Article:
Russia is eyeing rail-mobile ballistic missile systems. Pictured: The "Molodets" rail-mobile ballistic missile system. Source: Lori / Legion Media
According to Vladimir Komoyedov, head of the State Duma’s defense committee, spending on nuclear weapons will reach just over 100 billion rubles ($3.1 billion) in 2013–2015, compared to just 27.4 billion rubles in 2012. Nuclear missile forces will benefit the most from the projected increase in budget allocations.
The chairman of Russia’s Ministry of Defense Public Council and editor-in-chief of Natsionalnaya oborona (“National Defense”) magazine, Igor Korotchenko, sees the increase in spending as a natural phenomenon.
“This is the objective reality,” he said. “It reflects the essence of the current and foreseeable global political situation. And, if Russia wants to protect its national interests, then it has to respond to this.”
The former head of the Ministry of Defense’s international military cooperation department, Lt.-Gen. Yevgeny Buzhinsky, notes that the rise of financing for national defense is a direct result of the financing gap of the 1990s.
“The failure to adequately build up the armed forces must be made up for in order for the country not to lag behind the global leaders,” Buzhinsky said.
Korotchenko specifically attributes the increase in budget allocations for the nuclear weapons complex to the impending mass production of new types of solid-fuel ballistic missiles – the Bulava and RS-24 Yars.
“They are essential to our armed forces, given the plans to discard and decommission a substantial part of our strategic delivery weapons, those with an expired service life that need to be replaced,” Korotchenko said.
In early September, the commanders of the Strategic Rocket Forces, Col. Gen. Sergey Karakayev, said that Russia would create a new heavy intercontinental ballistic missile with a carrying capacity of five tons – four times the capacity of the Yars or Topol. In early October, the Russian Ministry of Defense approved the design for a new liquid-fuel intercontinental ballistic missile for the Strategic Rocket Forces.
Commenting on the time frame for the creation of the missile, deputy director general of the Military Industrial Corporation NPO Mashinostroyeniya, Andrei Goryaev, said that roughly ten years would be required.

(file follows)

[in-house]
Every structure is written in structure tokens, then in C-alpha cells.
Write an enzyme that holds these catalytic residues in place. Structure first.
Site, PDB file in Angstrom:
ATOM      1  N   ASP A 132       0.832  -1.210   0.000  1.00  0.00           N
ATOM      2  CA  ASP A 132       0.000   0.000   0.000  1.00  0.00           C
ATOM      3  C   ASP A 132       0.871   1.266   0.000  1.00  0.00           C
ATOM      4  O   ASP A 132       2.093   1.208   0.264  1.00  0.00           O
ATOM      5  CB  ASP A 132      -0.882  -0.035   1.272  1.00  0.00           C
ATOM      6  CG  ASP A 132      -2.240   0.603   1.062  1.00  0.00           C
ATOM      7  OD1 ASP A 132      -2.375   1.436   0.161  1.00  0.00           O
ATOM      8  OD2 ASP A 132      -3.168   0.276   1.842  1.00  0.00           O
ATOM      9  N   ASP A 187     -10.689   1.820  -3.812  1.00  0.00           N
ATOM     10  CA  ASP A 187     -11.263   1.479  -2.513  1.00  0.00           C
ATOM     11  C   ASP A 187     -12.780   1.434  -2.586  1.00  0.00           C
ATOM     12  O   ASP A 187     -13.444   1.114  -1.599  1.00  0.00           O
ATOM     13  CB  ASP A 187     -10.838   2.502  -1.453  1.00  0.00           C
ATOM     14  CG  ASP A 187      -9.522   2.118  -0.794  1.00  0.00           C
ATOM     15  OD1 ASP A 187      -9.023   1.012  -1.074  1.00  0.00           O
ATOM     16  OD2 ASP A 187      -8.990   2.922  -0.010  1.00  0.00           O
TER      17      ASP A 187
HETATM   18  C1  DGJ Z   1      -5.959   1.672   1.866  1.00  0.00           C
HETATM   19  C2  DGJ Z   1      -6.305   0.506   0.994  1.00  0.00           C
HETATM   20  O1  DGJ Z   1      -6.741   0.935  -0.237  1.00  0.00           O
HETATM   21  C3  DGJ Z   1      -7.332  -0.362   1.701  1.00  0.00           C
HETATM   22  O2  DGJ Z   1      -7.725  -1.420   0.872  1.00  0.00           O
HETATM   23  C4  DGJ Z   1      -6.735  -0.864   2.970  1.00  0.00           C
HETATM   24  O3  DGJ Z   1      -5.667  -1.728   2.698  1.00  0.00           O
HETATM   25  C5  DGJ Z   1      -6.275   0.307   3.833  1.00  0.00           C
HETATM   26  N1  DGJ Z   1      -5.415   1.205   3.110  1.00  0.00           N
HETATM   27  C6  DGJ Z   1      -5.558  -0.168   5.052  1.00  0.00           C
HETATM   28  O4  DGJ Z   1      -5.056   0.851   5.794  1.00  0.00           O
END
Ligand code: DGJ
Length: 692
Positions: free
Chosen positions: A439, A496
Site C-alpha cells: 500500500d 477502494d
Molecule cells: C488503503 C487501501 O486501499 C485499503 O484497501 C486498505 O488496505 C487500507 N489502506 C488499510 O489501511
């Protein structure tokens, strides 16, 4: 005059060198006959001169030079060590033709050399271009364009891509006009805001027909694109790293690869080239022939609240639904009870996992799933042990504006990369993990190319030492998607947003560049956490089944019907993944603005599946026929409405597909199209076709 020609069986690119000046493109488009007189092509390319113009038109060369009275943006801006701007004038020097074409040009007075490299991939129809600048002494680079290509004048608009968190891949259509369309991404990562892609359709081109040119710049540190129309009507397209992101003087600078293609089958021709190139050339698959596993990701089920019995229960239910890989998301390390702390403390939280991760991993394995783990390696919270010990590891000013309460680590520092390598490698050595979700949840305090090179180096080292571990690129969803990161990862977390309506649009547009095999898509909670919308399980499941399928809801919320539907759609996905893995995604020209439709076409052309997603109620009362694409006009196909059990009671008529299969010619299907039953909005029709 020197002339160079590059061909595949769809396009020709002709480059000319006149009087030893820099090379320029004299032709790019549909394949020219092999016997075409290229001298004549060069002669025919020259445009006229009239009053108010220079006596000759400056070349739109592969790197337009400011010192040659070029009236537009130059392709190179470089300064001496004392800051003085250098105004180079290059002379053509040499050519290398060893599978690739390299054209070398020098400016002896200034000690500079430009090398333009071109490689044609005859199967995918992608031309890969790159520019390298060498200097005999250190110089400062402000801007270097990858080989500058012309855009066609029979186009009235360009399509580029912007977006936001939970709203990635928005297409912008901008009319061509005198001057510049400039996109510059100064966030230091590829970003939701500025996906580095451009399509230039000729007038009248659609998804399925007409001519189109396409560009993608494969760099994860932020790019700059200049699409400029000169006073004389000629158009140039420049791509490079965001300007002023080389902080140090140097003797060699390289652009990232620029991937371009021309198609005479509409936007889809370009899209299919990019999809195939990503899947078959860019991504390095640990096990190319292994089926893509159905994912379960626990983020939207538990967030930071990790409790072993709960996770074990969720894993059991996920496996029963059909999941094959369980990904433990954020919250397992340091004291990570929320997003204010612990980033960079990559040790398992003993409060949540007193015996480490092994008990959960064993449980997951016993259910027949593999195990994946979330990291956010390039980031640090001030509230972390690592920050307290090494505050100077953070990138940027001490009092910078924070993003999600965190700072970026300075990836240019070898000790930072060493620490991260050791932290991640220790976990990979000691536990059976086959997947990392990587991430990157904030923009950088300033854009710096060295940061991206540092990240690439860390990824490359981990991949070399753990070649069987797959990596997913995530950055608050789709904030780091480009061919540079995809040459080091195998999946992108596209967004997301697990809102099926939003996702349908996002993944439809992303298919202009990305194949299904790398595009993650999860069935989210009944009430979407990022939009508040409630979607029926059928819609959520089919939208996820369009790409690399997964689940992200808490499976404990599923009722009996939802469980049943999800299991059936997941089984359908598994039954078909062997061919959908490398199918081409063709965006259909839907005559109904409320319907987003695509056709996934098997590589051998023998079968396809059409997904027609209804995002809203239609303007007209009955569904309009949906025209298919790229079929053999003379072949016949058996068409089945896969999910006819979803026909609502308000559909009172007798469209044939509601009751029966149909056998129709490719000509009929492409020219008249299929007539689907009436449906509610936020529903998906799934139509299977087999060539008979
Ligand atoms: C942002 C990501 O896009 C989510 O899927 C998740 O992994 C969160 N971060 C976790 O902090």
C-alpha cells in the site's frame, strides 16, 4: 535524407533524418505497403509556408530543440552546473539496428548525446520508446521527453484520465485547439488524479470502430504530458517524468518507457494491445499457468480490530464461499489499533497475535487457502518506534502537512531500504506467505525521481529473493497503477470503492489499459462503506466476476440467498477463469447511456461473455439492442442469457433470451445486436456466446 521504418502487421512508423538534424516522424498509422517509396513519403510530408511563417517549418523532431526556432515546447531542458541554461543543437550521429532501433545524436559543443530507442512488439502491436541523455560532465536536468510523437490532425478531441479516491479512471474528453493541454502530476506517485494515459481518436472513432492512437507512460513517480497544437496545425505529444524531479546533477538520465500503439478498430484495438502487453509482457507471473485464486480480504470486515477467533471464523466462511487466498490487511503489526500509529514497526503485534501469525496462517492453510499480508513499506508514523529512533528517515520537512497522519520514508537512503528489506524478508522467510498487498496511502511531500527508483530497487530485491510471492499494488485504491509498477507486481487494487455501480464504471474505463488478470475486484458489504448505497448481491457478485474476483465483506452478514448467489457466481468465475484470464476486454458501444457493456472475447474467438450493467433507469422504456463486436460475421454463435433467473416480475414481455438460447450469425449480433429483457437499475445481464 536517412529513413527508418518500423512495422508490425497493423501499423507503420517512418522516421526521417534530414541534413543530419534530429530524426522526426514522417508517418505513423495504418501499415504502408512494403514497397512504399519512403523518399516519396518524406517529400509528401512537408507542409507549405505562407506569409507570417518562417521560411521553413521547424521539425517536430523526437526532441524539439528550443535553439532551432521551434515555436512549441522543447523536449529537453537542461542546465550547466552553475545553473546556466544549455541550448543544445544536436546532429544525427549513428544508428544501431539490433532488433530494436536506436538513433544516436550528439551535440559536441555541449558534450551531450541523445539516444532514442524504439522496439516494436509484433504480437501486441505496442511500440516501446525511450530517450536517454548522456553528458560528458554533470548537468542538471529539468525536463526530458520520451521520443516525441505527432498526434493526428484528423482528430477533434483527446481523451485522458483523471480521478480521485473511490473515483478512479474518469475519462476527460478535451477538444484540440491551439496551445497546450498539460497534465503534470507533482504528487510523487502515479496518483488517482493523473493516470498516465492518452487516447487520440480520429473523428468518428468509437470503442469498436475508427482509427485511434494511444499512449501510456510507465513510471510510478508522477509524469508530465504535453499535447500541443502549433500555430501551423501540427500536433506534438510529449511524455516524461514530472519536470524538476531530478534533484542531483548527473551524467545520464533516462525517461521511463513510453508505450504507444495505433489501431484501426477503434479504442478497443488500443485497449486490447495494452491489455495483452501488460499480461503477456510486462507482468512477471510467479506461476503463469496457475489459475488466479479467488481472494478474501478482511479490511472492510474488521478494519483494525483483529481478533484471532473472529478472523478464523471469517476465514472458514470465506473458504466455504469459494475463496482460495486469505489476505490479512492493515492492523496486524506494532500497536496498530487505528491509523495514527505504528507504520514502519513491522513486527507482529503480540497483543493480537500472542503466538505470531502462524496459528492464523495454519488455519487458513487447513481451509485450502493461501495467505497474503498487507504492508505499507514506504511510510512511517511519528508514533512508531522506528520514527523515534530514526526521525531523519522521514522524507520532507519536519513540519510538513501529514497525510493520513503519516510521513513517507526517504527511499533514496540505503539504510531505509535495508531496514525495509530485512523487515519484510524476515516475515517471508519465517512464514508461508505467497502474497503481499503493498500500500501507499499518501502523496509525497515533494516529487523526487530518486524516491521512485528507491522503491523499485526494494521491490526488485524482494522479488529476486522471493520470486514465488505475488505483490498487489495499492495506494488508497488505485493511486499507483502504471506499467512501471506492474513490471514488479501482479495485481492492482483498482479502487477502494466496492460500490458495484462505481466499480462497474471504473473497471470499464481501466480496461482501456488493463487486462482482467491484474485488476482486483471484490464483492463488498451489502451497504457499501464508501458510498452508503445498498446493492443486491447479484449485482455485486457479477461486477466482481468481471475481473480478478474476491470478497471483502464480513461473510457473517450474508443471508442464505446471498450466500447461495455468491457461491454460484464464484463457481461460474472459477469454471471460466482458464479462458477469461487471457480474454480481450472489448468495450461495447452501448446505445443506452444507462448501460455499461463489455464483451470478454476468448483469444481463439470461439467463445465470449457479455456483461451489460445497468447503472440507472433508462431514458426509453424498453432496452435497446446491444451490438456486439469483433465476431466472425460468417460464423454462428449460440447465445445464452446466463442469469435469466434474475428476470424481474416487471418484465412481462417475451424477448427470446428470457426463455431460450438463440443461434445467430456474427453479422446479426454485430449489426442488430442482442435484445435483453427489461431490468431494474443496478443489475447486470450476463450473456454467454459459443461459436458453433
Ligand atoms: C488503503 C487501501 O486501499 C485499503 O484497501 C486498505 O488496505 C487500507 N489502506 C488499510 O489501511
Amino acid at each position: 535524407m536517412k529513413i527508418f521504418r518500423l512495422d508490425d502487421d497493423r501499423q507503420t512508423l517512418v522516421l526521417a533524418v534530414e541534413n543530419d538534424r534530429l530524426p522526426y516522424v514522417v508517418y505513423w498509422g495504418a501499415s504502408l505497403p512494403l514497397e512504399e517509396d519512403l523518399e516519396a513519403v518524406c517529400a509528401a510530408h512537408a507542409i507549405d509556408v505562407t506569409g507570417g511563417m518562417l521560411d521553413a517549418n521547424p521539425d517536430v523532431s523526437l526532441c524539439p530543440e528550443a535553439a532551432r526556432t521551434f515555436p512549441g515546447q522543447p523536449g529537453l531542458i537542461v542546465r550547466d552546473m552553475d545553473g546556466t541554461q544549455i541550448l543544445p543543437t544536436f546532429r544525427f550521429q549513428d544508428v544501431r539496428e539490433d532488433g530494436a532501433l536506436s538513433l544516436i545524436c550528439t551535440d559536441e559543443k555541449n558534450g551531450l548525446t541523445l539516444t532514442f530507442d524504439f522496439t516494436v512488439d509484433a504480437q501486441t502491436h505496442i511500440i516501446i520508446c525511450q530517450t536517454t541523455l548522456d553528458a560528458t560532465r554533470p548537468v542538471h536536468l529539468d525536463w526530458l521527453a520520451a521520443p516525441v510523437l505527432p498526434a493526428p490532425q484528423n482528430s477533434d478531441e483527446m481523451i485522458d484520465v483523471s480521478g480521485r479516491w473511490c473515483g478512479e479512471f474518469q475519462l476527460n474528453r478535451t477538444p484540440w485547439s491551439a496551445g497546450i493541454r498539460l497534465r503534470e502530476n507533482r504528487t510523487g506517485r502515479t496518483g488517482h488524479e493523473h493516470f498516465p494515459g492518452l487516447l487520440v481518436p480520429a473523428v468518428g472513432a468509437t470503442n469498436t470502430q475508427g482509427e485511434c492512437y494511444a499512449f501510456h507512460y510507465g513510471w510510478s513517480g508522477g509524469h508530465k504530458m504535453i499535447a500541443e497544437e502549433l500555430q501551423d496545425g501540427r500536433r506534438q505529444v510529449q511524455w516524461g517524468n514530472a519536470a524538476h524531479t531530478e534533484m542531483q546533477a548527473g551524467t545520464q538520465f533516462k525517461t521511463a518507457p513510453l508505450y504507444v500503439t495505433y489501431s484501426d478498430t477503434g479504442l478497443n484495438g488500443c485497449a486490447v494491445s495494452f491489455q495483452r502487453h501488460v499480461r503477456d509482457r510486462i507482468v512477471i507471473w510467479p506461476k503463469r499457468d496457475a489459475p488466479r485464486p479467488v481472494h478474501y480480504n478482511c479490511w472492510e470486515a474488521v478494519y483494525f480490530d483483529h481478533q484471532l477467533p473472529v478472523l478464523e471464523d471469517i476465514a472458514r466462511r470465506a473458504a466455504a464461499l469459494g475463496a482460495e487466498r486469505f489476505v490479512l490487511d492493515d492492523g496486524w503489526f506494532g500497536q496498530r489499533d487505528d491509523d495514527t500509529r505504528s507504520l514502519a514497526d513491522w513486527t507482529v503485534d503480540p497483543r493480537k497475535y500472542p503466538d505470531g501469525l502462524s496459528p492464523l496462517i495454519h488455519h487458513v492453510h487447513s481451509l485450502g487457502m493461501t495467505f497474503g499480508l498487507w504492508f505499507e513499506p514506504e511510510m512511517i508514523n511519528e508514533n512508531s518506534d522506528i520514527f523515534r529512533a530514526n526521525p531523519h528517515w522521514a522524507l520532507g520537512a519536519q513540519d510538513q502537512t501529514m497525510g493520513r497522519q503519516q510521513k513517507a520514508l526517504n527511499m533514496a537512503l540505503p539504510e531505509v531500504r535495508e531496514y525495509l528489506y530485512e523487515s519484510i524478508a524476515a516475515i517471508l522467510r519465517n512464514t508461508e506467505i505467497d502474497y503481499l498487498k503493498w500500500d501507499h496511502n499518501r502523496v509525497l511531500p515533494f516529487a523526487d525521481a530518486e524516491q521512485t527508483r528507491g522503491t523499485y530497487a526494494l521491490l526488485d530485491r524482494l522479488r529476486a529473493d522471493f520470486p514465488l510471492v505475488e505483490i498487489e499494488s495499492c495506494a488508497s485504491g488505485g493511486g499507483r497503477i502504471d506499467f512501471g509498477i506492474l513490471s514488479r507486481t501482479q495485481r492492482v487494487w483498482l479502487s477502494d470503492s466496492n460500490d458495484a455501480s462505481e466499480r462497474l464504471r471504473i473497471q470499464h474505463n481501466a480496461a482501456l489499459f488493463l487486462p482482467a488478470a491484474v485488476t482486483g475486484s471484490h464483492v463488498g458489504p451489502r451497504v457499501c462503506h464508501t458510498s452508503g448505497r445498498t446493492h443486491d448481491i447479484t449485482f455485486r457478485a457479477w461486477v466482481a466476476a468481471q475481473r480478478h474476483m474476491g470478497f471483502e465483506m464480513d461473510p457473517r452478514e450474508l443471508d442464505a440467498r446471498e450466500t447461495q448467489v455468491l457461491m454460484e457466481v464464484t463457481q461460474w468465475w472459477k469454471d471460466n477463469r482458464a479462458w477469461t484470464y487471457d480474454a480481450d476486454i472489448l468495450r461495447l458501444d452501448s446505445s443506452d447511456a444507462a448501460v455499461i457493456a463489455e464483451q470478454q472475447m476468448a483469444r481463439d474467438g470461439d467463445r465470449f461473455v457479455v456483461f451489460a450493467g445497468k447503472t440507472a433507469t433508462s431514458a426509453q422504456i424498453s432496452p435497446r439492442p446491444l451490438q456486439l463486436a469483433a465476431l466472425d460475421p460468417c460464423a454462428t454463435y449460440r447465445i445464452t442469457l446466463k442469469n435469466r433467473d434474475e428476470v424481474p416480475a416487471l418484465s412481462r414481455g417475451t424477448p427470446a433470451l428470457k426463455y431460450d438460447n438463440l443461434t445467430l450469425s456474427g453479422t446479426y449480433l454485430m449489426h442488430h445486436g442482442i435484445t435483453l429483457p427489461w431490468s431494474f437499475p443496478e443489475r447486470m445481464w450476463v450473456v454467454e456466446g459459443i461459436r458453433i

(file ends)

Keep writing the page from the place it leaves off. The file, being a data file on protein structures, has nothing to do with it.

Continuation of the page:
“Following a 30-year break, the country might encounter difficulties at various phases that cannot be anticipated,” he said.
A submarine nuclear-shield component is also being developed. The Borei-class Yuriy Dolgorukiy submarine of Project 955 is expected to be put into service in 2013, whereas the first Alexander Nevsky nuclear ballistic missile carrier of the same class and project will become part of the Pacific Fleet in 2014, said Defense Minister Anatoliy Serdyukov.
Rail-mobile ballistic missile systems are trains with two or three locomotives and special carriages (resembling refrigerator or passenger carriages) that carry transport and launch containers with intercontinental ballistic missiles.
Owing to its mobility and deployment capacity, the rail-mobile ballistic missile system ensures that the location of missiles remains unknown. The system has a high survival capacity, even in the event of a nuclear war. The last Russian rail-mobile ballistic missile system was removed from combat duty in 2003, as part of the 1993 Strategic Arms Reduction Treaty (START) II with the United States.
Furthermore, Col. Vadim Koval, the Russian Ministry of Defense’s spokesperson for the Strategic Rocket Forces, said that Russia was eyeing rail-mobile ballistic missile systems. However, the “final decision on the complexes has not yet been made,” Koval was quoted as saying.
Obviously, nuclear missiles are not designed for local conflicts, but to maintain the balance of power in the geopolitical confrontation with the United States. The development of America’s global missile defense system and the implementation of the Prompt Global Strike effort have encouraged the Russian Armed Forces to seek an asymmetrical response to these challenges.
When running for the presidency back in February 2012, Vladimir Putin made this clear in his article for Rossiyskaya Gazeta “Being strong: National security guarantees for Russia”.
Commenting on the challenge from the U.S. missile defense system, Putin promised that “Russia’s military response to the global U.S. missile shield, including its European part, will be effective and asymmetrical – a match for U.S. missile defense policy.”
He went on to say that Russia would “under no circumstances” give up its strategic deterrent capability.
The new role of Russian nuclear weapons is best described as such: they exist both to ensure strategic missile and nuclear parity and to rule out the use of nuclear weapons, by way of creating a framework under which neither party will have advantages in countering a nuclear attack.
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